Calvin has a ready answer for those who find it strange to find this affirmation of Christ enduring hell on the cross situated subsequent to the affirmation that Christ "suffered, died, and was buried." He argues that the Creed's affirmation constitutes grammatical apposition -- a phenomenon where some noun or clause restates an immediately preceding noun or clause, but adds something to it. An instance of apposition is discovered in the sentence: "This is my daughter, Kaitrin." "Kaitrin" in that sentence (who, by the way, is my daughter, not Calvin's) renames or restates "daughter." Similarly, "he descended into hell" renames or restates what occurred when Christ "suffered" and "died," but fleshes out that preceding clause with rather significant detail. "The point," Calvin concludes, "is that the Creed sets forth what Christ suffered in the sight of men, and then appositely speaks of that invisible and incomprehensible judgment which he underwent in the sight of God in order that we might know not only that Christ's body was given as the price of our redemption, but that he paid a greater and more excellent price [by] suffering in his soul the terrible torments of a condemned and forsaken man."

No wonder, in short, that Calvin felt so strongly about retaining this affirmation of the Creed. Stripped of this affirmation, the Creed fails to speak meaningfully of what Christ actually suffered upon the cross, as his eternal Father -- in light of our sins imputed to Christ -- turned his back upon him. Indeed, provided we accept Calvin's interpretation of this Creedal statement, it becomes (arguably) the pivotal affirmation of the entire Creed, the hinge upon which our salvation turns, the basis of the remarkable benefits, subsequently listed in the Creed, that belong to us ("the forgiveness of sins, the resurrection of the body, and the life everlasting").

Of course, it takes some effort to educate believers about what Christ's descent into hell actually entails. But thus educating believers is a far better option than revising the Creed or simply omitting a statement which admittedly requires explanation (and by explanation, I mean opportunity to instruct others in the meaning of the cross).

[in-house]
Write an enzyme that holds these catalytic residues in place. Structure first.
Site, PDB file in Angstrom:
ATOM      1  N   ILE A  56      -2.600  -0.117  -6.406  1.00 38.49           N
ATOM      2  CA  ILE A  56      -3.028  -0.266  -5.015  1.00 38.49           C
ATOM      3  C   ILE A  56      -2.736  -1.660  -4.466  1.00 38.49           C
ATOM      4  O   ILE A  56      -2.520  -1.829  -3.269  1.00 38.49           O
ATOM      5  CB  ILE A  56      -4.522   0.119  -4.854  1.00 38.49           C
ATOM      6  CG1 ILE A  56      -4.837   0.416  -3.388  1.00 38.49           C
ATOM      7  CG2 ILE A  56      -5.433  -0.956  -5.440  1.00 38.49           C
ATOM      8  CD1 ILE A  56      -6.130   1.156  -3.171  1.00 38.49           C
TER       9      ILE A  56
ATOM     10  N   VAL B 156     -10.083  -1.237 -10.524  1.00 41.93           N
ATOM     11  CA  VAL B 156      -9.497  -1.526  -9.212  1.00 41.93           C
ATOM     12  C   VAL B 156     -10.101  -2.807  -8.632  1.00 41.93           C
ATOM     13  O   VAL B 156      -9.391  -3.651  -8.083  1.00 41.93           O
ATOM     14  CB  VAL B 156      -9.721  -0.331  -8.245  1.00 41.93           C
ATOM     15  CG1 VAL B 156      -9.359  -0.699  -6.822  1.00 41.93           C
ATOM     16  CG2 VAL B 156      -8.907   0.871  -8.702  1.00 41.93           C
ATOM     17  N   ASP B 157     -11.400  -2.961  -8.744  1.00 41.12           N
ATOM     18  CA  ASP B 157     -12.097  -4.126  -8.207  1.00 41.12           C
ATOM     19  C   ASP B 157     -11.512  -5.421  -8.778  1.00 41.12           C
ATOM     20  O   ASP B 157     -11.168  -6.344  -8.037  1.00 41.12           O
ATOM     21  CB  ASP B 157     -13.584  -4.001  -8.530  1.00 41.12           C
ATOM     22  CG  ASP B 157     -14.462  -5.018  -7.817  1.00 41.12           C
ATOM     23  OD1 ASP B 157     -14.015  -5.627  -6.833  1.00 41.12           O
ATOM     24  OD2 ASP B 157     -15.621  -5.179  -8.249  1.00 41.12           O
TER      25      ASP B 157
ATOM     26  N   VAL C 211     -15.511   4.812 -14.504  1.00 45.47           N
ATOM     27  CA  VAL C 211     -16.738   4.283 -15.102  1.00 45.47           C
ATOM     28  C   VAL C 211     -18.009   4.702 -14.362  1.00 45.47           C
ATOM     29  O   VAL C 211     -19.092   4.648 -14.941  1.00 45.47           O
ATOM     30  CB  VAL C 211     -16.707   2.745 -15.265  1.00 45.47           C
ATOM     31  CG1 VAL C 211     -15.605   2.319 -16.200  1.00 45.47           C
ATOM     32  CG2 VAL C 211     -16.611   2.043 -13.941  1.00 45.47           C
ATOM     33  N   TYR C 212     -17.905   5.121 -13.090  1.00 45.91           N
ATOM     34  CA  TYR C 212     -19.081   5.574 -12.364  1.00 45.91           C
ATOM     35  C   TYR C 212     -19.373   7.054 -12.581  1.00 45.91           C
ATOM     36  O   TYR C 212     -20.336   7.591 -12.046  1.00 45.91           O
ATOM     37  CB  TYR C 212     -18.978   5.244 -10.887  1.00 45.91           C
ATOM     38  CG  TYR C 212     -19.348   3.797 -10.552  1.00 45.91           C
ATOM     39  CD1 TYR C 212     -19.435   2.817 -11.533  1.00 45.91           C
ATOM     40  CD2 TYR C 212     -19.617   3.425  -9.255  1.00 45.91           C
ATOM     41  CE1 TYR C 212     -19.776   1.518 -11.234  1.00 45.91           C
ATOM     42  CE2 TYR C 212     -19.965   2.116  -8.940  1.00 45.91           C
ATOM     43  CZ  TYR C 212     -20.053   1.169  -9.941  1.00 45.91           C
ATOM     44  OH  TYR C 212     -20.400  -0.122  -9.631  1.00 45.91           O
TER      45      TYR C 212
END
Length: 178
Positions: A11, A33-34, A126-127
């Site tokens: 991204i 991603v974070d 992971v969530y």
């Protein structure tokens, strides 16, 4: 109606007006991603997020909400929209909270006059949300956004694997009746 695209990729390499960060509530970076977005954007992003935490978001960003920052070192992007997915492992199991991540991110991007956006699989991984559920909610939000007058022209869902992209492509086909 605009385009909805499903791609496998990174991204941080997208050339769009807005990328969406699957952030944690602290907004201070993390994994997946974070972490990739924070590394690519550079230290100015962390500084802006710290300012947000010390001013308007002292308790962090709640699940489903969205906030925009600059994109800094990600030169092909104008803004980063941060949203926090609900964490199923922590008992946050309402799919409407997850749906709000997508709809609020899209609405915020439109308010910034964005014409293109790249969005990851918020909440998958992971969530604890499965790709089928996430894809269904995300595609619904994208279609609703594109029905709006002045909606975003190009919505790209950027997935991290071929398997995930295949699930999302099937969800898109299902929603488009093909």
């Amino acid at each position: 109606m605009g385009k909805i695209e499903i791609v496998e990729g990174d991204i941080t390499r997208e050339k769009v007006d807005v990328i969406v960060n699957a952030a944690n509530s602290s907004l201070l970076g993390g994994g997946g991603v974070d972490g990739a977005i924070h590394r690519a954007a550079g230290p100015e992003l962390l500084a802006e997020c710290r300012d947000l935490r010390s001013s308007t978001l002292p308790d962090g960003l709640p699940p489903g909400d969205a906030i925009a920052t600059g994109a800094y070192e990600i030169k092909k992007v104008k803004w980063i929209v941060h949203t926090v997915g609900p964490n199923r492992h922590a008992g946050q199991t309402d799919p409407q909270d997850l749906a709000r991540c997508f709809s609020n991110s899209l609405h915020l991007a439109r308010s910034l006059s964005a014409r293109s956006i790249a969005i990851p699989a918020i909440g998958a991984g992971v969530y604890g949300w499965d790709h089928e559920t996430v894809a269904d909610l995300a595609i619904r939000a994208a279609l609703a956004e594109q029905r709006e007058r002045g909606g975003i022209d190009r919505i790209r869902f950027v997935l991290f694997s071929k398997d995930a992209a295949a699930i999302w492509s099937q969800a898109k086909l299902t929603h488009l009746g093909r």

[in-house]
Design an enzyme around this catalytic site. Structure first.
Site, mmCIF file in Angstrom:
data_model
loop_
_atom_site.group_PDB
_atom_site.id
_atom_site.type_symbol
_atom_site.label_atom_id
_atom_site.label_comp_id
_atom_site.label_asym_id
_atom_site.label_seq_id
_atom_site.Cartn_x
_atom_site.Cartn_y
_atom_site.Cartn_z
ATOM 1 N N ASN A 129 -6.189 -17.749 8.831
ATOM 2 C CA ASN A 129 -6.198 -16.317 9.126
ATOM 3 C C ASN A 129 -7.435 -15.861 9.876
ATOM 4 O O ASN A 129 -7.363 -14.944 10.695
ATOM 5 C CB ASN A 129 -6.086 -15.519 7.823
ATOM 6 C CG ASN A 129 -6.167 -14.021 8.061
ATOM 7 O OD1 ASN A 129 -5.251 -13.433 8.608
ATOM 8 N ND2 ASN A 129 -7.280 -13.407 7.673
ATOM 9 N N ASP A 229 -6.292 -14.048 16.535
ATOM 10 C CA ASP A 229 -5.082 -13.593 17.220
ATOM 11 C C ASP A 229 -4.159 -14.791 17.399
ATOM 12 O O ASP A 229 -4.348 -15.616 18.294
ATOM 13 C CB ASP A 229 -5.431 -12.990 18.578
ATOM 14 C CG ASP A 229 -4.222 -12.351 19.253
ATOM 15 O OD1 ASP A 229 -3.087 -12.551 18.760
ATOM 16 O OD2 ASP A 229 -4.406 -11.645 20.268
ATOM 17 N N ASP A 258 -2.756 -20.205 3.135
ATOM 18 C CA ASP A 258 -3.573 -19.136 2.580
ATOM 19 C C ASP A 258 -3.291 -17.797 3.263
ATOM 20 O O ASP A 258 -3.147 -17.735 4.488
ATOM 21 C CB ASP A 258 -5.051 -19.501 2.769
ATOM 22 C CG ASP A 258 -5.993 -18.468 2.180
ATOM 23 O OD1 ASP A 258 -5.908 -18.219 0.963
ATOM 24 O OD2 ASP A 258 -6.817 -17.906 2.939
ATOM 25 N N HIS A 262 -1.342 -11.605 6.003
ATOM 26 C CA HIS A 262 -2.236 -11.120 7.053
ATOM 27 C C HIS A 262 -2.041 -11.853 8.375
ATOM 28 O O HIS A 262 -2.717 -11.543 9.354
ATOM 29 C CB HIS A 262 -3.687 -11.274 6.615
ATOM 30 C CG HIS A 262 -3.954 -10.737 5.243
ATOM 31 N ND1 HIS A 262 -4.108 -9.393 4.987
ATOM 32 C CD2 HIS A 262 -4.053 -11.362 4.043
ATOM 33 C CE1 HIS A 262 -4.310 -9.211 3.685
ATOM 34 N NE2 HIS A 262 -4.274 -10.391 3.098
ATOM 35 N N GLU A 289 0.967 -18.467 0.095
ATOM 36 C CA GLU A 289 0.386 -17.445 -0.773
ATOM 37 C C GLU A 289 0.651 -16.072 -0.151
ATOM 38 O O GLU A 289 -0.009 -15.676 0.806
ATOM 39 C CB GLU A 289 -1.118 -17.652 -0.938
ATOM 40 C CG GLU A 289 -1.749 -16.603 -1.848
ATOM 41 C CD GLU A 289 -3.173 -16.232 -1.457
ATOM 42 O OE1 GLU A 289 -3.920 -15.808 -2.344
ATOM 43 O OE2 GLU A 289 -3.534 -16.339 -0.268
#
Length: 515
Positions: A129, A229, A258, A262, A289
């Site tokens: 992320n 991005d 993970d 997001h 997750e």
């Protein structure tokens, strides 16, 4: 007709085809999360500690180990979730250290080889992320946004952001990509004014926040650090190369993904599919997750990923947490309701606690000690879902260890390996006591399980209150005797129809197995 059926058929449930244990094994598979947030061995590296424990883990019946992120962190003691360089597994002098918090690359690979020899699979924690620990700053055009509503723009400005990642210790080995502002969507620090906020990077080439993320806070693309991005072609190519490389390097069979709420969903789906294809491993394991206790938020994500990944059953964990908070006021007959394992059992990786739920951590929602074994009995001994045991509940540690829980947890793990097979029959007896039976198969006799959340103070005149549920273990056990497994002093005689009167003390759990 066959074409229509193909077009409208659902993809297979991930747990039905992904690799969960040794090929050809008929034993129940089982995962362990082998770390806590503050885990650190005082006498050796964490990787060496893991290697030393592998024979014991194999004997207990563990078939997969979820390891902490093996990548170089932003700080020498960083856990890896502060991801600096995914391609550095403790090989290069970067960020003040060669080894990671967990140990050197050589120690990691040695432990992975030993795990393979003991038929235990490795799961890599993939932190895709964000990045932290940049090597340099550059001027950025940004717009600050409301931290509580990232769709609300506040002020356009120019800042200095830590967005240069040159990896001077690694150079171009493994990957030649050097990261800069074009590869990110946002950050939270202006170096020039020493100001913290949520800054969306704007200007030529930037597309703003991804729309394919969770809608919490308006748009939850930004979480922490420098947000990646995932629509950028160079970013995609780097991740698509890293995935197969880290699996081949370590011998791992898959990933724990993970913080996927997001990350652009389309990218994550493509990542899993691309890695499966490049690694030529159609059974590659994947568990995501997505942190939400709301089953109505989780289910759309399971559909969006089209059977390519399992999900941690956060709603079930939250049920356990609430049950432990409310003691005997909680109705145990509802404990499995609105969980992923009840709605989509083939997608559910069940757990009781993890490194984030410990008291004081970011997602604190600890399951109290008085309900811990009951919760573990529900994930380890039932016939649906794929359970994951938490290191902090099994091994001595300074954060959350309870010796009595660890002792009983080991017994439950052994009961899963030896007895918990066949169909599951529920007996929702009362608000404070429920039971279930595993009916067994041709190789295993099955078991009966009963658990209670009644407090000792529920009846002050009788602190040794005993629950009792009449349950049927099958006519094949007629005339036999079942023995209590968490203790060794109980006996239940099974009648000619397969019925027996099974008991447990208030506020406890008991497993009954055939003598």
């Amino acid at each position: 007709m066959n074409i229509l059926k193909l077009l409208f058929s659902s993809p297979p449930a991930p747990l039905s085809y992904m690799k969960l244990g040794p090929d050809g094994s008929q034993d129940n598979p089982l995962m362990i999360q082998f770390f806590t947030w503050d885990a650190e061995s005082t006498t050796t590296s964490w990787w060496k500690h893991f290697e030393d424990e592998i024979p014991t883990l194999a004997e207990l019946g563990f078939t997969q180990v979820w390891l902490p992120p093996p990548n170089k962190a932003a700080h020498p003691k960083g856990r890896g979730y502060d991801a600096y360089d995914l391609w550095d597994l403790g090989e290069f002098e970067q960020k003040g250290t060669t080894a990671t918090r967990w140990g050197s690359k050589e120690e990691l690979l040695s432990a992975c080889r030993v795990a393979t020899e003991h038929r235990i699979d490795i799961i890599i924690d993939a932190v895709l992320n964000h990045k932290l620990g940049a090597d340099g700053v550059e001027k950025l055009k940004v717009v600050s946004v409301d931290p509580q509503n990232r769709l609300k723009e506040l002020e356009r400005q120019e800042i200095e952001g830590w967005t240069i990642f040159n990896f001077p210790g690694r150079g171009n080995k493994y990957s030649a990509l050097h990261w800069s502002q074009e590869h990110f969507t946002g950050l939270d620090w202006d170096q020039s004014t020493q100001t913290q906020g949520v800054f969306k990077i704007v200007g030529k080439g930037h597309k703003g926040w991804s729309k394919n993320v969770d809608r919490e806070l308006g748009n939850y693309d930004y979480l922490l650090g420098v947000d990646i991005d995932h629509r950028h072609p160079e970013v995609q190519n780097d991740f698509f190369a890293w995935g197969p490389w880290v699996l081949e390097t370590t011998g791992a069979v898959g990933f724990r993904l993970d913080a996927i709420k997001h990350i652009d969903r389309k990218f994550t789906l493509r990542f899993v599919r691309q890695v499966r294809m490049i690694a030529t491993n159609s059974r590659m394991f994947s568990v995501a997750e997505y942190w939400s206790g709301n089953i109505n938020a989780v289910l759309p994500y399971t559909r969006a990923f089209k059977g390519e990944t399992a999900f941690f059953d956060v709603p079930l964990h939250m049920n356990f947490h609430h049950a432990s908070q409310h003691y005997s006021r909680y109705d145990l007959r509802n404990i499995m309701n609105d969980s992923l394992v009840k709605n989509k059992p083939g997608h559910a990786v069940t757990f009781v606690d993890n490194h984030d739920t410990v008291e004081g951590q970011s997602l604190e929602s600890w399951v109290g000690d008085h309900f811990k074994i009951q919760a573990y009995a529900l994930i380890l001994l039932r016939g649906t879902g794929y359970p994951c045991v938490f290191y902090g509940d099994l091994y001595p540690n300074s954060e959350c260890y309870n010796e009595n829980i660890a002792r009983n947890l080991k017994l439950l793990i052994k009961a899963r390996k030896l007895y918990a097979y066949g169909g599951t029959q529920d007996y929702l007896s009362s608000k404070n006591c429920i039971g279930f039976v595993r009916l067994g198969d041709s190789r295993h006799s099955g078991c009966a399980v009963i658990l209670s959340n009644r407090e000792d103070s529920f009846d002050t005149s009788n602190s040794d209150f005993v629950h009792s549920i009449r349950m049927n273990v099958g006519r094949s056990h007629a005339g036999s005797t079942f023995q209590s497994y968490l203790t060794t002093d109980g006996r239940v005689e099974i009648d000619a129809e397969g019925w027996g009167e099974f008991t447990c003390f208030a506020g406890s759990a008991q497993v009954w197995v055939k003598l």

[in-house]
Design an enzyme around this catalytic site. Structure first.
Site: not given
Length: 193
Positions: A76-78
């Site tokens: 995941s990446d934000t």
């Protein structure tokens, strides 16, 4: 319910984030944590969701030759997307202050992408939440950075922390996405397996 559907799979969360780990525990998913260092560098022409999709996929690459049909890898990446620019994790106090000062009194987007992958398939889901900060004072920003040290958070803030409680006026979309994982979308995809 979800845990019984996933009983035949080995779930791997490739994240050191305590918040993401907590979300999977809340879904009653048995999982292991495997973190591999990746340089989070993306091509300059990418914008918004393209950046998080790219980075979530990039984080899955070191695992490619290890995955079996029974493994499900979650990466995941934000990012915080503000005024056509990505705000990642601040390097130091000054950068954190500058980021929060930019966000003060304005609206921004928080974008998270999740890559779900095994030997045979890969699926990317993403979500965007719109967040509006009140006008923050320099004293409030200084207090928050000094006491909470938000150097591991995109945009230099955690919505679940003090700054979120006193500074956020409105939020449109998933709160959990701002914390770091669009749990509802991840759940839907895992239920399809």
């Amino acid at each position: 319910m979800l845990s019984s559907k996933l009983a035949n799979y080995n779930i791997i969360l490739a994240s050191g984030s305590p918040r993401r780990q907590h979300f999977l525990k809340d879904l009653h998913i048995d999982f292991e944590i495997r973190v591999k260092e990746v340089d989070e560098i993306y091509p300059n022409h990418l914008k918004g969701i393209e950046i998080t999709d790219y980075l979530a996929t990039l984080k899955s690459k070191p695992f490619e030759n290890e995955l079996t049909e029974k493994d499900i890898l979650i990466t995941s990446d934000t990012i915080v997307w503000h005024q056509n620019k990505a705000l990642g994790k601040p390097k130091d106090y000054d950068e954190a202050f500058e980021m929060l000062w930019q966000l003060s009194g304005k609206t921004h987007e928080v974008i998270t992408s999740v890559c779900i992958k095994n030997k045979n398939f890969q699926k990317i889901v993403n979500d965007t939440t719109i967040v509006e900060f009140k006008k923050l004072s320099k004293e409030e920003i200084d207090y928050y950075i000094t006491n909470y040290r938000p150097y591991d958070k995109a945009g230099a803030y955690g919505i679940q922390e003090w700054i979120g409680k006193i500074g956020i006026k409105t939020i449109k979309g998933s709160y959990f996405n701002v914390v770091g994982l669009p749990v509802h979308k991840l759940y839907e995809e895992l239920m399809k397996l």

An examination of Christ's suffering upon the cross under the rubric of "hell" also stands, incidentally, to help us understand hell itself better. Hell, like every other created reality (or perversion of the same), can only properly be understood in relation to the Creator. Our own thinking about hell should begin, not end, with attention to Christ's endurance of it upon the cross. Such is the proper path towards a theological rather than physical or metaphysical understanding of hell. Such is the proper path, in other words, towards properly understanding the horrible fate, irrevocable estrangement from God, that awaits those who reject the grace of God that is offered to us in Christ Jesus.

In short, we should continue to confess that Christ "descended into hell" not only for the sake of catholicity (though certainly for that), but also in the interest of regularly affirming the profound reality of what Christ endured for us upon the cross. To steal and tweak a phrase from J. Gresham Machen, "I'm so thankful for Christ's descent into hell. No hope without it." Indeed, no description of Christ's person and work is complete without reference to the same -- reference, that is, in some form at least to the reality that Christ has suffered hell itself on behalf of his people.

Christ inhabited hell. But not, as Rome would have us believe, tomorrow in the liturgical calendar (Holy Saturday). He inhabited hell today (Good Friday), when he drank the cup of God's wrath against our sin to the very dregs, and so freed us from ever having to down a single drop of the same. Praise be to God for Christ's descent into hell.